"Just because somebody is a good leader of a division inside one of the best companies in the world, which is Google, does not mean that it's going—they're going to be able to be a good CEO of Yahoo," said Niles on "Closing Bell," referring to Mayer, who was a longtime executive at Google before taking the helm at Yahoo in July 2012.
Earlier this month, Mayer faced criticism for her decision to fire Chief Operating Officer Henrique de Castro, a former Google colleague she brought to Yahoo only slightly more than a year earlier. Yahoo shares plummeted on the news.
Niles said he reacted by selling deep-in-the-money call options against his position in Yahoo as a hedge.
"We still think the stock is going to do pretty well despite Yahoo's best efforts to mess it up," said Niles, adding Yahoo continues to benefit from its fast-growing Alibaba and Yahoo Japan assets.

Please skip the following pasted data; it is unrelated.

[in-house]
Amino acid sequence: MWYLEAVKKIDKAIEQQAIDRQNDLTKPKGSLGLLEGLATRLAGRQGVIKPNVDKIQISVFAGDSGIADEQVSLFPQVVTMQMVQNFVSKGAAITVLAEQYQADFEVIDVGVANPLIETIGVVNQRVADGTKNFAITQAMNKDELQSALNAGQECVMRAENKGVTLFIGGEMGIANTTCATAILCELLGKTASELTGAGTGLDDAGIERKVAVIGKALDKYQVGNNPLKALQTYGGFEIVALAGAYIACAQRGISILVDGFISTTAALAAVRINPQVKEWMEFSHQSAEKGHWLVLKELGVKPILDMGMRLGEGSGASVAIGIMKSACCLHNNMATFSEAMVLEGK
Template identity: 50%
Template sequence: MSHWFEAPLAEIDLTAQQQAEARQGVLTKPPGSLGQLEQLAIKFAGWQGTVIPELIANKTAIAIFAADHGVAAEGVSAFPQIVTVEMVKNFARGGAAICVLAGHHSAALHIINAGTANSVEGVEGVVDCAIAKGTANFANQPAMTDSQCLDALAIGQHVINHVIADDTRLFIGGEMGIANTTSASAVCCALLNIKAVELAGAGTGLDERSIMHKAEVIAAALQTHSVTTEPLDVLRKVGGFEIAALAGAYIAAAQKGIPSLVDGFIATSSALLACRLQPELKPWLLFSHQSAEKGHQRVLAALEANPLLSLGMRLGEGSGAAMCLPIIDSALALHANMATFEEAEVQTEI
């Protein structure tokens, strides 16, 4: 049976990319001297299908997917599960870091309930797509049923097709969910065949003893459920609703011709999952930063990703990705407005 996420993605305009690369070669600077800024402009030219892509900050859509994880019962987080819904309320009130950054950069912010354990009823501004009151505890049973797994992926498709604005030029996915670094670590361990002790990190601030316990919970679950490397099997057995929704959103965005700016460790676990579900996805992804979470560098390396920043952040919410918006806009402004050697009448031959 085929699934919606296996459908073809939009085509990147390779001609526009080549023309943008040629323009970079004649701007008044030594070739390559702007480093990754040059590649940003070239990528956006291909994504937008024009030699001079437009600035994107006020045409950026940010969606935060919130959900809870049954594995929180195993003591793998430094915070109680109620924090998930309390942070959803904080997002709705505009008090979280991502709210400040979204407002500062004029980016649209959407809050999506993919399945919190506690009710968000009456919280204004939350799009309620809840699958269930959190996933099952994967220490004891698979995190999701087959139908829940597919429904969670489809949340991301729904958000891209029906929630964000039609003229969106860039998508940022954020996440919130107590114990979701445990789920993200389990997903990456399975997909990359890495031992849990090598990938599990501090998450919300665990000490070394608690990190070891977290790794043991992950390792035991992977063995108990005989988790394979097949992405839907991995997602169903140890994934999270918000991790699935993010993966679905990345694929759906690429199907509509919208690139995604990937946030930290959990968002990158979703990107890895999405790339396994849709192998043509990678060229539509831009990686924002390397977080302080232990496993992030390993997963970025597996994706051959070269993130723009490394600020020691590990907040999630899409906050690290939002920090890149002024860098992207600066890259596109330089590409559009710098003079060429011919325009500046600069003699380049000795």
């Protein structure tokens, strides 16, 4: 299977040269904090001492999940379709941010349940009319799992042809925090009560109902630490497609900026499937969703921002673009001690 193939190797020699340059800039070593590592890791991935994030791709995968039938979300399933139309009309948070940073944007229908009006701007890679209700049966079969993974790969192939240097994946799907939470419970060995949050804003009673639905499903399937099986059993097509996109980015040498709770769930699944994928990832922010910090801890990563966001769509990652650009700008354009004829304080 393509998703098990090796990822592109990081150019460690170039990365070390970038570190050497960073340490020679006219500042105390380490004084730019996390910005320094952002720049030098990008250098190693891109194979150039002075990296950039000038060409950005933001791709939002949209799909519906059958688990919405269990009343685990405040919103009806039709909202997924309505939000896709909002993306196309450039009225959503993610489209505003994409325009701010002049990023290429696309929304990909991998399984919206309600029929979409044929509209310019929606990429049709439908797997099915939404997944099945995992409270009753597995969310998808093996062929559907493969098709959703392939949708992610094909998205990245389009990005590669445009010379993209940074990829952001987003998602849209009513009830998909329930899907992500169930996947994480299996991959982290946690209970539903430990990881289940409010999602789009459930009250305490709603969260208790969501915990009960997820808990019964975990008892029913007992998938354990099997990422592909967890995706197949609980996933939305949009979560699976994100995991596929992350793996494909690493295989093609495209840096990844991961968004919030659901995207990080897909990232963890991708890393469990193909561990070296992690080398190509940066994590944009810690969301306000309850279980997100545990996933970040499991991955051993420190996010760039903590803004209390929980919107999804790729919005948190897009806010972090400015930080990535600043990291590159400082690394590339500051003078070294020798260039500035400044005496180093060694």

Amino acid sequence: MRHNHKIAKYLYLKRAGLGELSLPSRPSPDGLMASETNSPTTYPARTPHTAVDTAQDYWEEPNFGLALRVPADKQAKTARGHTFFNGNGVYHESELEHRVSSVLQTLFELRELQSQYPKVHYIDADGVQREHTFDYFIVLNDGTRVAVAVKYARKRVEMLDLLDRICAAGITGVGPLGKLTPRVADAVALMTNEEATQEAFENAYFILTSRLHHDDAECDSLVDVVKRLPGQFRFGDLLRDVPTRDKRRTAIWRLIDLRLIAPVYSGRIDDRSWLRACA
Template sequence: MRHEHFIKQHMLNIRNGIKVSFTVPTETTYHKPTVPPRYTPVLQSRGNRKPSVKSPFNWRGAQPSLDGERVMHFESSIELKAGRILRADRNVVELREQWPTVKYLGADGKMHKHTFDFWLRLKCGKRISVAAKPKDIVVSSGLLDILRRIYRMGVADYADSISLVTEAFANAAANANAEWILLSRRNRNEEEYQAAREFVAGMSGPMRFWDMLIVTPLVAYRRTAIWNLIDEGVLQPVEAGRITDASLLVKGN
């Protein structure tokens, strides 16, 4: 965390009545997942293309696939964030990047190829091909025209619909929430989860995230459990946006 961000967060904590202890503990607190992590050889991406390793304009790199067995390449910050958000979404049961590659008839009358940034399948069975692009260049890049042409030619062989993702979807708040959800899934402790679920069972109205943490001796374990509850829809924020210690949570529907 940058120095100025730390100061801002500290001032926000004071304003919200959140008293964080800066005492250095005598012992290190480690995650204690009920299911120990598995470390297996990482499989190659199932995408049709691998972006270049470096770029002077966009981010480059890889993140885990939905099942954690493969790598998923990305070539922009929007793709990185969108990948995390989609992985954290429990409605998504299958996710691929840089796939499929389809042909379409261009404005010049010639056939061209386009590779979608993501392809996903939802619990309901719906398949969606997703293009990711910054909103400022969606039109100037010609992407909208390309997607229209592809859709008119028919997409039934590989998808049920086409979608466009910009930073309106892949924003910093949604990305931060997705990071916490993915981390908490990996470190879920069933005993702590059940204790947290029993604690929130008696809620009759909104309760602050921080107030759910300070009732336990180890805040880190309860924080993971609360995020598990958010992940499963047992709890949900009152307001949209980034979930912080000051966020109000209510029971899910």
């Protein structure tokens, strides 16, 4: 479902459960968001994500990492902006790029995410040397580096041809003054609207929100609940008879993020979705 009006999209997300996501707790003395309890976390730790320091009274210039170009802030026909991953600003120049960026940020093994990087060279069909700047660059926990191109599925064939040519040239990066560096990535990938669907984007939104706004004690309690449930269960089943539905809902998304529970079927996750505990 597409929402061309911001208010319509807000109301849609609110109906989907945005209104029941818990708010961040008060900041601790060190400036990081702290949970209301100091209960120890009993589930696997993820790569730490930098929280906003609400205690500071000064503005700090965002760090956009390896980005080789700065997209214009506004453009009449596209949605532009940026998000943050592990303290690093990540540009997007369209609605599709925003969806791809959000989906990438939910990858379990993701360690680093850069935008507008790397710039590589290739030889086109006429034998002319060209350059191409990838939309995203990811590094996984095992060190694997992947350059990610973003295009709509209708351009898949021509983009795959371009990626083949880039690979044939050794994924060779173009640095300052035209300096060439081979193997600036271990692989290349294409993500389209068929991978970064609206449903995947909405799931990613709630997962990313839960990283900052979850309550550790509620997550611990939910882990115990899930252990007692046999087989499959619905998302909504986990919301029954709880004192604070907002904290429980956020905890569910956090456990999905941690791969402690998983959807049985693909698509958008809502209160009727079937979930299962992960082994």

Google to benefit from Lenovo deal
Lenovo Group has agreed to acquire Google's Motorola mobile-phone business for $2.9 billion, a transaction that Niles viewed as "a great deal" for the Internet search giant.
After all, Niles noted Motorola's revenues were down significantly in its most recent quarter, whereas Google's stand-alone revenues were up. In turns, he thinks the move to shed Motorola will only help boost Google's earnings per share by "a couple bucks."
Facebook searches for the 'holy grail'
Over the past year, Niles has been in and out of Facebook's stock, but he told CNBC he's adding to his position in the social network because it stands to benefit from "the next billion-dollar business"—online video advertising.
To Niles, online video ads will be "hugely profitable."
"You can't skip through a lot of these ads and that's what the advertisers want. They want you to watch this, and they can measure it and that's why, to some extent, this is a holy grail for advertising," said Niles, noting Facebook only recently started experimenting with video ads with brand marketers, so it will likely drive growth for the next 12-18 months.